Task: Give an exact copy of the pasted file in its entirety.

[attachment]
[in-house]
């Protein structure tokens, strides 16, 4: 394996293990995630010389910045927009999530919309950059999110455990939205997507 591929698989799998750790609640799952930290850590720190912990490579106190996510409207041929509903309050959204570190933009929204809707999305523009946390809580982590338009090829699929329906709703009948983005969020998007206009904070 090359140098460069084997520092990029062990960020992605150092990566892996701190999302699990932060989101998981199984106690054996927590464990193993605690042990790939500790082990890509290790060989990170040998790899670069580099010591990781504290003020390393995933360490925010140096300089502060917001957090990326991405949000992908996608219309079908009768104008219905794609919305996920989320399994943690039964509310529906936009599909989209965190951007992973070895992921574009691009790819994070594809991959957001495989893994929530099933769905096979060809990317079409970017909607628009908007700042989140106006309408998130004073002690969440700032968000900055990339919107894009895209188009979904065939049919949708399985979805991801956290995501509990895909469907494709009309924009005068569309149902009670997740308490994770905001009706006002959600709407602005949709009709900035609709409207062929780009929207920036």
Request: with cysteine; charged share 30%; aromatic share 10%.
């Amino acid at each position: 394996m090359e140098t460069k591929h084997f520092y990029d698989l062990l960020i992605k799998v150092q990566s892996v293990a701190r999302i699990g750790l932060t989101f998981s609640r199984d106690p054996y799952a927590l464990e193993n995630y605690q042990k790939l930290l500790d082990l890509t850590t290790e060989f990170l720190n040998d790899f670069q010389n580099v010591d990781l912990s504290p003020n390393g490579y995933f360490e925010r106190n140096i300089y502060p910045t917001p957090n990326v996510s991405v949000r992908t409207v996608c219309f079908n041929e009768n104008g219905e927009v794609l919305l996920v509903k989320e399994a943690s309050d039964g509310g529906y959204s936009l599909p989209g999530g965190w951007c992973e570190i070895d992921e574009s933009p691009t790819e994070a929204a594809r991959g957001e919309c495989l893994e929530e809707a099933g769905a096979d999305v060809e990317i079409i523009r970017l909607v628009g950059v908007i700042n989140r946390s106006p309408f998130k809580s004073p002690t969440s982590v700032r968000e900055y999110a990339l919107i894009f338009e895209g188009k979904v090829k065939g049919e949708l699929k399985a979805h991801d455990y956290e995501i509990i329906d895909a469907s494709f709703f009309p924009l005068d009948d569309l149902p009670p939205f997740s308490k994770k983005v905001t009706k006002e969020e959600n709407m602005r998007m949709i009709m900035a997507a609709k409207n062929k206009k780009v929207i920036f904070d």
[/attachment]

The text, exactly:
[in-house]
């Protein structure tokens, strides 16, 4: 394996293990995630010389910045927009999530919309950059999110455990939205997507 591929698989799998750790609640799952930290850590720190912990490579106190996510409207041929509903309050959204570190933009929204809707999305523009946390809580982590338009090829699929329906709703009948983005969020998007206009904070 090359140098460069084997520092990029062990960020992605150092990566892996701190999302699990932060989101998981199984106690054996927590464990193993605690042990790939500790082990890509290790060989990170040998790899670069580099010591990781504290003020390393995933360490925010140096300089502060917001957090990326991405949000992908996608219309079908009768104008219905794609919305996920989320399994943690039964509310529906936009599909989209965190951007992973070895992921574009691009790819994070594809991959957001495989893994929530099933769905096979060809990317079409970017909607628009908007700042989140106006309408998130004073002690969440700032968000900055990339919107894009895209188009979904065939049919949708399985979805991801956290995501509990895909469907494709009309924009005068569309149902009670997740308490994770905001009706006002959600709407602005949709009709900035609709409207062929780009929207920036």
Request: with cysteine; charged share 30%; aromatic share 10%.
């Amino acid at each position: 394996m090359e140098t460069k591929h084997f520092y990029d698989l062990l960020i992605k799998v150092q990566s892996v293990a701190r999302i699990g750790l932060t989101f998981s609640r199984d106690p054996y799952a927590l464990e193993n995630y605690q042990k790939l930290l500790d082990l890509t850590t290790e060989f990170l720190n040998d790899f670069q010389n580099v010591d990781l912990s504290p003020n390393g490579y995933f360490e925010r106190n140096i300089y502060p910045t917001p957090n990326v996510s991405v949000r992908t409207v996608c219309f079908n041929e009768n104008g219905e927009v794609l919305l996920v509903k989320e399994a943690s309050d039964g509310g529906y959204s936009l599909p989209g999530g965190w951007c992973e570190i070895d992921e574009s933009p691009t790819e994070a929204a594809r991959g957001e919309c495989l893994e929530e809707a099933g769905a096979d999305v060809e990317i079409i523009r970017l909607v628009g950059v908007i700042n989140r946390s106006p309408f998130k809580s004073p002690t969440s982590v700032r968000e900055y999110a990339l919107i894009f338009e895209g188009k979904v090829k065939g049919e949708l699929k399985a979805h991801d455990y956290e995501i509990i329906d895909a469907s494709f709703f009309p924009l005068d009948d569309l149902p009670p939205f997740s308490k994770k983005v905001t009706k006002e969020e959600n709407m602005r998007m949709i009709m900035a997507a609709k409207n062929k206009k780009v929207i920036f904070d």